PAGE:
Instructables

How to Make Homemade Croissants

Featured
Picture of How to Make Homemade Croissants
191a.jpg
184a.jpg
144.JPG
160a.jpg
204a.jpg
A couple of weeks ago I tried my hand at making croissants! And I have to say, even though it was time-consuming and confusing at first, it was well worth it. Many people never attempt it and I say "You should!" It's actually not quite as confusing as it seems and the final product is amazing. I was surprised I made some that looked exactly like the ones in the supermarkets. I used a recipe for laminated dough which makes this croissant has its many layers. The dough's concept is pretty much to layer butter and dough by folding and re-folding it. The butter melts when baked and created the many layers you see. After hours of rolling out the dough, the croissants are then shaped into its crescent form and ready to be baked. The baking process is also essential to croissants, especially if you have more than one tray going in. I made some pineapple jam to go with it and they tasted amazing. Definitely fluffy and the outside was perfectly crunchy.

I love croissants and I suggest you give it a try. The dough recipe is amazing to work with and even though it was the first time for me trying laminated dough, it worked out great! It was awesome to see the finished product. I never thought I could make my own croissants so I'm sure anyone can do it if I can. I'm so proud of this recipe and I hope you give it a try.

 
 
Remove these adsRemove these ads by Signing Up

Step 1: Ingredients

Here's what you need to make these delicious croissants:
  • 3 1/2 cups all-purpose flour
  • 1 cup warm water
  • 1 teaspoon active dry yeast
  • 1/4 cup of milk
  • 1/2 tablespoon of melted butter
  • 1 teaspoon salt
  • 1 3/4 cups cold unsalted butter (3 1/2 sticks or 14 oz)
You will also need to make a basic egg wash, which will require:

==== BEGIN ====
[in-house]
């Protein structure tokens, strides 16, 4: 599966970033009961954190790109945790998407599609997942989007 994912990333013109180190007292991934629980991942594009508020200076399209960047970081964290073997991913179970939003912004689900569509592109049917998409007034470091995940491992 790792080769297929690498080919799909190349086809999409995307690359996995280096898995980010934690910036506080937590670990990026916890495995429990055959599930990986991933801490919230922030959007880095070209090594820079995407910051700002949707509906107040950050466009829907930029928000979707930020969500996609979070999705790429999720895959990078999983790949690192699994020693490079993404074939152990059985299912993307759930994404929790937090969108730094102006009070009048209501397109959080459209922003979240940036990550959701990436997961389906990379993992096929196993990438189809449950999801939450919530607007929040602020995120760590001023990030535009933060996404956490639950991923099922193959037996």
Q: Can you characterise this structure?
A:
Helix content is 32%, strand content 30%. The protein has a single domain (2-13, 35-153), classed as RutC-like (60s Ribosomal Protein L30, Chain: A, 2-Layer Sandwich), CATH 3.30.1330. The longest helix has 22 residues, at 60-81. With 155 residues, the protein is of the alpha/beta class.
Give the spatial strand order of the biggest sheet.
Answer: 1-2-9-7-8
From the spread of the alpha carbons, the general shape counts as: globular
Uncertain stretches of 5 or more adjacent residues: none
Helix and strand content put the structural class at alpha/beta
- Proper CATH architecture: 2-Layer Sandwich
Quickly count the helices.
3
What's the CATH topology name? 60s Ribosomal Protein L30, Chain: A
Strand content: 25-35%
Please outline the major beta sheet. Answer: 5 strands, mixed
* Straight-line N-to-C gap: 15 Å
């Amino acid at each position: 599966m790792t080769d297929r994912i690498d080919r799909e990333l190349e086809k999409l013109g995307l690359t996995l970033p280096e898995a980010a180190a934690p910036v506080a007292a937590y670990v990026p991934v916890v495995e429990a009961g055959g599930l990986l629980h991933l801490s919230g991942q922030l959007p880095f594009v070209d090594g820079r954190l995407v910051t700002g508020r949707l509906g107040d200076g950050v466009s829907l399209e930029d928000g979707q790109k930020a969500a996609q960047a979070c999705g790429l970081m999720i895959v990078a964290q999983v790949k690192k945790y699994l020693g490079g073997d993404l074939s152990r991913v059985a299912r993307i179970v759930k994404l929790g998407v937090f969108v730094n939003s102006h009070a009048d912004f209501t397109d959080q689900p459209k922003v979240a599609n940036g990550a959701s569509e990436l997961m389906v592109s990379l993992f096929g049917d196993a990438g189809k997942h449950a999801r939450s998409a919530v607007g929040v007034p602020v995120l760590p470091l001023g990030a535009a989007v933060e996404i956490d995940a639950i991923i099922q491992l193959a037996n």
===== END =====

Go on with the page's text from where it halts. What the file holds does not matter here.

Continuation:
• 1 egg
  • 1 tablespoon of milk
You will also need to use the refrigerator and plenty of counter space. A non-stick mat, a ruler, and plenty of plastic wrap will be helpful as well.
Toasty222225 days ago
Sorry, one more comment, it calls for milk, but other than in the egg wash, where is it used?
Toasty222225 days ago
Also, how do you put a pan in the oven vertically or horizontally?
Toasty222225 days ago
They look a little dark on the bottom, is there any way to avoid this?
Jassycola5 months ago
Hi ill be using insant yeast.. What should i do? Thnks
jen7714 (author)  Jassycola3 months ago
Hmmm...I would suggest for the best results to purchase active dry yeast, but I will keep an eye out for an alternative solution.
bllobber10 months ago
finally i made 'em....but instead of eggwash i used thick cream & instead of butter- Ghee....my personal advice....dont use ghee.....but everyone who ate those said wow....so....thumbsup to u :) :) n here are the pics
attempt 1d.jpgattempt 1c.jpgattempt 1a.jpg
jen7714 (author)  bllobber8 months ago
Wow! The croissants turned out great!
tashsquish8 months ago
up to the last proof cant wait to see them & eat them!!!
jen7714 (author)  tashsquish8 months ago
Awesome! How did it turn out?
This was my first Instructable to try and tho it was a bit of work (a day & a night, phew!) it was fairly easy and the results were a deliciously HUGE hit with the lucky few I shared with :) Thanks for posting and I will definitely refer to this instructable again :D Epically yummy.